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Transcript: Into the Team Racing Toward a Vaccine

The full episode transcript for Into the Team Racing Toward a Vaccine.
Image: Virus Lab Work
Dr. Nita Patel, Director of Antibody discovery and Vaccine development, lifts a vial with a potential coronavirus, COVID-19, vaccine at Novavax labs in Rockville, Maryland on March 20, 2020.Andrew Caballero-Reynolds / AFP - Getty Images file


Into America

Into the Team Racing Toward a Vaccine

Trymaine Lee: We've been hearing for weeks that a vaccine for coronavirus is what's needed before life returns to some type of normalcy. But under normal circumstances vaccine development is a long, complex process. According to research from the National Institutes Health the average vaccine has a development timeline of more than ten years.

Dr. Anthony Fauci works for NIH as the director of the National Institute of Allergy and Infectious Diseases. He said that it could take up to 18 months to come up with a vaccine for coronavirus. More than 65,000 people have already died from COVID-19. And that number is rising. We don't have any time to waste. I'm Trymaine Lee, and this is Into America.

Today I had the chance to talk to the man who's leading the race to end the pandemic, Dr. John Mascola. Dr. Mascola is the director of the Vaccine Research Center at the National Institutes of Health. He works under Dr. Fauci, and his team is hard at work trying to stop the virus that has stopped so many of us in our tracks. Dr. Mascola, thanks so much for taking time to speak with me today, I really appreciate it.

Dr. John Mascola: Happy to do it, Trymaine.

Lee: I don't think a lot of us actually know how vaccines work. So could we start there? Give a kinda simple explanation of how vaccines work.

Mascola: Sure. A vaccine works by teaching the immune system to make antibodies and other types of immunity against the virus. So essentially it is teaching the body to assume that it had been infected by the coronavirus, so that you would be immune to it if you get exposed a second time.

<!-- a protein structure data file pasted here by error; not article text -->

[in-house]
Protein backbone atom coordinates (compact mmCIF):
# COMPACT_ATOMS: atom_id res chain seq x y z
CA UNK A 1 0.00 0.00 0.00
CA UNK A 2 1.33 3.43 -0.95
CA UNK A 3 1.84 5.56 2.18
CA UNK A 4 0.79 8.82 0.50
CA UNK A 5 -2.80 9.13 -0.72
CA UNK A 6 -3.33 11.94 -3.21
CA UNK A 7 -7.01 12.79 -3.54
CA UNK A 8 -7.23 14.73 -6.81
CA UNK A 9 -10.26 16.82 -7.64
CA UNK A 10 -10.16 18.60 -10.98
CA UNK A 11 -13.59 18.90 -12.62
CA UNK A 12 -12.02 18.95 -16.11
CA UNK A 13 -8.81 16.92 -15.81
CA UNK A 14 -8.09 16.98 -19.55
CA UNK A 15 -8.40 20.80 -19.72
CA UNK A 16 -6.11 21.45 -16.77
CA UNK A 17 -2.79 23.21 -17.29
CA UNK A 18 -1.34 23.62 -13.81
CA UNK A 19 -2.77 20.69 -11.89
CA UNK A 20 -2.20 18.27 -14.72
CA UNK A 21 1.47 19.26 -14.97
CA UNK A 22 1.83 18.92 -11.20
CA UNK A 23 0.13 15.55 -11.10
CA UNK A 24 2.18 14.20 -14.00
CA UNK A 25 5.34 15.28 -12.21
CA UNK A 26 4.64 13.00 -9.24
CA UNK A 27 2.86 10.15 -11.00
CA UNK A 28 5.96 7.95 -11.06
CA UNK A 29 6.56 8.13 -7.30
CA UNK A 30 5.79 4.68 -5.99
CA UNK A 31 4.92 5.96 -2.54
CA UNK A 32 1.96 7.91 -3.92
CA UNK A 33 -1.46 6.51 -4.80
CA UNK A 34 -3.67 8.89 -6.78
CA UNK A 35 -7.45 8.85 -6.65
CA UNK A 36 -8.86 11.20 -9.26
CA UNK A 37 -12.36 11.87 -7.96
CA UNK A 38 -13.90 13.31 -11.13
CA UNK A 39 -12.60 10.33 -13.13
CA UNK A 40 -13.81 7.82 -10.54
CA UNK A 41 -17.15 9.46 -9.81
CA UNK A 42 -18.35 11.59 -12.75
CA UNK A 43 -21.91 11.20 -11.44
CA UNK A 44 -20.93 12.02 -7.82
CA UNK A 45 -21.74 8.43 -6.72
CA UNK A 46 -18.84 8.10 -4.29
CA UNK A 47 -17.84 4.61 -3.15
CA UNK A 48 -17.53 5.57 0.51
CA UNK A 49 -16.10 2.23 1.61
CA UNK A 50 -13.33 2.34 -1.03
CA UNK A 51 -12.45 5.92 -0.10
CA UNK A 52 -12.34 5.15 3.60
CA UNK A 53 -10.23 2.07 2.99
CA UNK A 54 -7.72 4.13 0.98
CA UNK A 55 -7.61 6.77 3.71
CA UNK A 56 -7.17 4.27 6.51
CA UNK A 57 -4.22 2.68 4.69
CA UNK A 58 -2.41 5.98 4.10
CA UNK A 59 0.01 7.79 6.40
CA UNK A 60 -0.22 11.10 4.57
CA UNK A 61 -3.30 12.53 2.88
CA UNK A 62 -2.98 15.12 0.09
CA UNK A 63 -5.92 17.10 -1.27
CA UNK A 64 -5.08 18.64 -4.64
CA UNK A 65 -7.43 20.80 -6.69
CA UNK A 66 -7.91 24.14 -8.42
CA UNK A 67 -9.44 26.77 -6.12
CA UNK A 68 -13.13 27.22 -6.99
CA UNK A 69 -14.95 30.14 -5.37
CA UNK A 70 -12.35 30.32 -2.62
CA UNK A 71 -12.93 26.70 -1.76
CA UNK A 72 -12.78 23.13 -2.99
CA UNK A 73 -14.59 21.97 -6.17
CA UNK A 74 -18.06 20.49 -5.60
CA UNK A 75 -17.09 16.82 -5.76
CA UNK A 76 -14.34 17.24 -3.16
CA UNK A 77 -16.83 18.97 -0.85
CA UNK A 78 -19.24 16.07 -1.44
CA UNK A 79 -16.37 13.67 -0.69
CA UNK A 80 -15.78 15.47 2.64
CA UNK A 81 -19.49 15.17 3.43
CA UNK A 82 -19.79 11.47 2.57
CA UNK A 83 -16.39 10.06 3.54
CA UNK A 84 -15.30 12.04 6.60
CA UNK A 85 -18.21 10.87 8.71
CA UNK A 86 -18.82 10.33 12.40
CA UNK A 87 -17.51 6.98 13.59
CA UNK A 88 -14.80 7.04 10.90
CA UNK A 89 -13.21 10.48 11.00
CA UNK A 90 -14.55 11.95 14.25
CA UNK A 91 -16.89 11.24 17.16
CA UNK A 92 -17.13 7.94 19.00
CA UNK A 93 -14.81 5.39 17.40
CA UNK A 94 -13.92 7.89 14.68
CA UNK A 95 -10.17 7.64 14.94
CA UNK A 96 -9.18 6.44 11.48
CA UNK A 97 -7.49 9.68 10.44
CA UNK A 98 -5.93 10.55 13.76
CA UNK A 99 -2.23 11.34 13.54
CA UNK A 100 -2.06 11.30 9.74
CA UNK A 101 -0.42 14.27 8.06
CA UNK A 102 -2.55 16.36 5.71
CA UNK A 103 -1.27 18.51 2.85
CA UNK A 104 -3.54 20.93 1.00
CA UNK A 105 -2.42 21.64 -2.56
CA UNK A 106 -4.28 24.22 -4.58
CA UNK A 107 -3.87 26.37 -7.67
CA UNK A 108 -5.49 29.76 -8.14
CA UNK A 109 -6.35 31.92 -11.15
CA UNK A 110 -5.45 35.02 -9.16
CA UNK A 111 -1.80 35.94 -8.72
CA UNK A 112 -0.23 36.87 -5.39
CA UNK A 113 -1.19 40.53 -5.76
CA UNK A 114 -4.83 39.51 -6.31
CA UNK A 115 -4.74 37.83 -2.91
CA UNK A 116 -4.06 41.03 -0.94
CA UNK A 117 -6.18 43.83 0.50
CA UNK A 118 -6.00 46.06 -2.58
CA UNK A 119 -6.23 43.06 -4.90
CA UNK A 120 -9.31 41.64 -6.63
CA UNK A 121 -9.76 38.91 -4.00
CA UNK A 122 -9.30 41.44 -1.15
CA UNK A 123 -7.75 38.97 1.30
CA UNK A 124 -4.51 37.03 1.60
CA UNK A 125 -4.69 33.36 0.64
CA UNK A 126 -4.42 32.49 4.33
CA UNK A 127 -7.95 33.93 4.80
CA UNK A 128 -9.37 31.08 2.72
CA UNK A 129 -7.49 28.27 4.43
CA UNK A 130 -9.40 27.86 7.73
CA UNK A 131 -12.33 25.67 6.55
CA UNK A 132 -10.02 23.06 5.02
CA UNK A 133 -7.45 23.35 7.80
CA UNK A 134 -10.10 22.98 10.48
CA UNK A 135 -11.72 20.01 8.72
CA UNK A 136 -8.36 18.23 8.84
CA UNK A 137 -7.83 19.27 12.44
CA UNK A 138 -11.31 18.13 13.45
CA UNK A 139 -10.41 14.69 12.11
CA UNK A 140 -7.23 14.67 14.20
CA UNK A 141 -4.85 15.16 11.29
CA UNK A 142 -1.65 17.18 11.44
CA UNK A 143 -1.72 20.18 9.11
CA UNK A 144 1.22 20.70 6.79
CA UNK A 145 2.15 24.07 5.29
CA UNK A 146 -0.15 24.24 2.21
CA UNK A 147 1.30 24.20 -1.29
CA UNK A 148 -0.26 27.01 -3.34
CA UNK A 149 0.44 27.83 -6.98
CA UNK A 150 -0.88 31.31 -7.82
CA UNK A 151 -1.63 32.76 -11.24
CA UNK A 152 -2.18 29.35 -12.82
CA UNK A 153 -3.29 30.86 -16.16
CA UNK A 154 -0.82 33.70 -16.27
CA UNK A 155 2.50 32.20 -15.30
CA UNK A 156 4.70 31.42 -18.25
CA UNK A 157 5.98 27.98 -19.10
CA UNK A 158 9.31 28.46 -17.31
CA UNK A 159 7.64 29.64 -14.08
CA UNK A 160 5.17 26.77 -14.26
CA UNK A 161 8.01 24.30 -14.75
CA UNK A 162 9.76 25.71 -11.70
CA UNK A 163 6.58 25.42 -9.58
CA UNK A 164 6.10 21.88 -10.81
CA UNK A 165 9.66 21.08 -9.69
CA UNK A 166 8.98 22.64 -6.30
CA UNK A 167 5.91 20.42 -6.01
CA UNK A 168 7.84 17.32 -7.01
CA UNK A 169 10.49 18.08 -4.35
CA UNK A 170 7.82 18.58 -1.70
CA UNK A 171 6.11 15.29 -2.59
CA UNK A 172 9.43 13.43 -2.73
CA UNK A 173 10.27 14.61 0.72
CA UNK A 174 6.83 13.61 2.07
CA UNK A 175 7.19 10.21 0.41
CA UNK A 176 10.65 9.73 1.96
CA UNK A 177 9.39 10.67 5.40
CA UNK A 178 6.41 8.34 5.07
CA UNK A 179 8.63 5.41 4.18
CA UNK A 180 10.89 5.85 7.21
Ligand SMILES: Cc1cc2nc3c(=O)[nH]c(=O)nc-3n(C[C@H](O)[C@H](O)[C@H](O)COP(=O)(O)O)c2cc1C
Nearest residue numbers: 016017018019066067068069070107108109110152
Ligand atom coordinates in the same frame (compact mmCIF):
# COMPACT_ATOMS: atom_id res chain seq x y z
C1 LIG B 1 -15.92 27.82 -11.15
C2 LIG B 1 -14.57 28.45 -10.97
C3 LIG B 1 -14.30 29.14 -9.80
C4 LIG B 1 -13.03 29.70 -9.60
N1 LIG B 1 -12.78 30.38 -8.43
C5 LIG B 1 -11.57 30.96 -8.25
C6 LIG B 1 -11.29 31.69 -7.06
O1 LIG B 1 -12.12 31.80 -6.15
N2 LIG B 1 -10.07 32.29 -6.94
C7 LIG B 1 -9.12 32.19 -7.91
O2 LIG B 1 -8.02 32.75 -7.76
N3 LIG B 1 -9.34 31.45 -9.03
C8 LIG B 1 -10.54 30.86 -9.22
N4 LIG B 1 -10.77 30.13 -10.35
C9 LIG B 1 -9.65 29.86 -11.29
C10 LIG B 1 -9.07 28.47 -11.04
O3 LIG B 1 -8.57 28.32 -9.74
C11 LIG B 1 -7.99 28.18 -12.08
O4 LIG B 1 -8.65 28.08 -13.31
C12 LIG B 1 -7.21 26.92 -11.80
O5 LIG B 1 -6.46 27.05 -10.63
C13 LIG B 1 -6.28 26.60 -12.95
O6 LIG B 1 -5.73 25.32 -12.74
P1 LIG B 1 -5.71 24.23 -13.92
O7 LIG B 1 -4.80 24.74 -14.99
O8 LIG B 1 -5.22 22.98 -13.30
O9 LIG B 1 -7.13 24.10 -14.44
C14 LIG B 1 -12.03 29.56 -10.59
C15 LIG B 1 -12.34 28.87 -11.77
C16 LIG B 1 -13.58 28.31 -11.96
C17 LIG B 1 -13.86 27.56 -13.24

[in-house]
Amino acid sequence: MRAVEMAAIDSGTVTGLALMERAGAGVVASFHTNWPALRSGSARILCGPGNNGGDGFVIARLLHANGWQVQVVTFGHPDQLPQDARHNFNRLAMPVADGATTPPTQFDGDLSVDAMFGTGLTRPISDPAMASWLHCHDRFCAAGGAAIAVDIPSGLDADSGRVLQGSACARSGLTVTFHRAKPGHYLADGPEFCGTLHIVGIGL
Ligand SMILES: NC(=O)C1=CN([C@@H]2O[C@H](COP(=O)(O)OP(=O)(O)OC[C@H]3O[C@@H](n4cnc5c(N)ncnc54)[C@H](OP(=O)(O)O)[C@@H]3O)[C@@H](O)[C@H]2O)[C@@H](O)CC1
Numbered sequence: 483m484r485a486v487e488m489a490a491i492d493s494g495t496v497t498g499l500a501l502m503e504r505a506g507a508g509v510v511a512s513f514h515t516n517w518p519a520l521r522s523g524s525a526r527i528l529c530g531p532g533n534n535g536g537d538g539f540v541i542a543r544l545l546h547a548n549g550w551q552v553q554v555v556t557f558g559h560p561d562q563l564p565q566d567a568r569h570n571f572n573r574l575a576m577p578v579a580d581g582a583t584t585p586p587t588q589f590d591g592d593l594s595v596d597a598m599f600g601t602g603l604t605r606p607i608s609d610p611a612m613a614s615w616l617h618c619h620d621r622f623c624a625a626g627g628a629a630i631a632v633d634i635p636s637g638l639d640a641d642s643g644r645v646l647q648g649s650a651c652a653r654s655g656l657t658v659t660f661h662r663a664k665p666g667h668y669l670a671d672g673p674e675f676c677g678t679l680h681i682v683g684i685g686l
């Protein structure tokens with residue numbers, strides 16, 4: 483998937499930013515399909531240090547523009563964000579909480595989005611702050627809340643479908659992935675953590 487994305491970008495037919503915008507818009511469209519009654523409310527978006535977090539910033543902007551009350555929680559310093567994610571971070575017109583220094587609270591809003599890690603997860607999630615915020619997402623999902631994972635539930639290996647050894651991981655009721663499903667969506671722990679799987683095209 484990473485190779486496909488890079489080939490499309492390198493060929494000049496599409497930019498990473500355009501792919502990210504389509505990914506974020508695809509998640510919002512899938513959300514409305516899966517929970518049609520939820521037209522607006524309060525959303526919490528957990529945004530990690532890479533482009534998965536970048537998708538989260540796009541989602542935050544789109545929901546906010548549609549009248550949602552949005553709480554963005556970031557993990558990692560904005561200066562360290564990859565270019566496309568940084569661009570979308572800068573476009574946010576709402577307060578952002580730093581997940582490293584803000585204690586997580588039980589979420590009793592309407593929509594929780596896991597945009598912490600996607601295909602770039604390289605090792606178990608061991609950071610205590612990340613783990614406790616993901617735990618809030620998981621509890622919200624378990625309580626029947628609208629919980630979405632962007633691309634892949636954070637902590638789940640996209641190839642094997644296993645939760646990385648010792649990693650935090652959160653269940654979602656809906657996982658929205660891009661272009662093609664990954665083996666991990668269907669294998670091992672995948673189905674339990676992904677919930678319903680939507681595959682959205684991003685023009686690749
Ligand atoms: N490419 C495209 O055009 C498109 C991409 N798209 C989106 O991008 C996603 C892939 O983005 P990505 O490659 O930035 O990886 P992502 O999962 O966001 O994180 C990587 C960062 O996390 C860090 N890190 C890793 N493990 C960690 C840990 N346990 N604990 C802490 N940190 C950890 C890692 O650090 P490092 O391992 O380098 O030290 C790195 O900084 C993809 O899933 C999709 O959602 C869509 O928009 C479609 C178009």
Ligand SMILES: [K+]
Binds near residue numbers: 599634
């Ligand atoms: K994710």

Lee: That sounds very complicated already. (LAUGH) How simple is it to actually create a vaccine?

Mascola: It's not simple at all. It takes a knowledge of the virus. It takes a lot of technology. And it takes a lot of time. If we don't know what the virus is, how it functions, how it infects the body, how the body makes an immune response to it, then we don't have a very good chance of making an effective vaccine.

Lee: So when it comes to this coronavirus, what do we still not know about it?

Mascola: Well, there's a ton that we don't know about it. You know, it's a new virus. What we do know about it is that there are cousins of coronaviruses that infect people. Those include SARS, the original SARS virus, and the MERS virus. And so those were studied in quite a bit of detail.

Although not all the way to the point of making a vaccine. So scientifically we know what the coronavirus looks like. We know how it infects. We know how the body makes immune responses to it. So this gives us a big jumpstart, when this novel coronavirus emerged in January, towards a vaccine.

Lee: With those knowledge gaps, how does the not knowing complicate moving forward in trying to develop a vaccine for it?

Mascola: So, first of all, we've never made a vaccine for people against coronaviruses. Although we have made vaccines for animals, so that's something. So we don't know exactly how a vaccine needs to be made. We don't exactly what type of immune response we want to teach the body to make.

We don't know exactly what level of immunity we need in a person to protect, or long that immunity will last. So there's a lot of unknowns. All of those are approachable. They're questions that can be answered. It does take some time to get there, though.

Lee: When developing a vaccine, is that typical? Because right now in the midst of this pandemic that sounds kinda scary. Like, we don't know much about it? We've (LAUGH) never developed a vaccine for a coronavirus, period?

Mascola: Sure. You know, it's realistic. It's the reality. I have worked on vaccines all my life. I started my career working on an HIV/AIDS vaccine. And 20 years later, we still don't have a vaccine. But that virus is probably the toughest example we know of in humanity for making a vaccine.

And there are most other examples, where we've been successful. We think that the coronaviruses are on the easier side of the curve, when we're all said and done. Meaning that it shouldn't be too hard for the body to protect itself. And that gives us some optimism.

Lee: In this day and age, right now, what does a typical day at the Vaccine Research Center look like?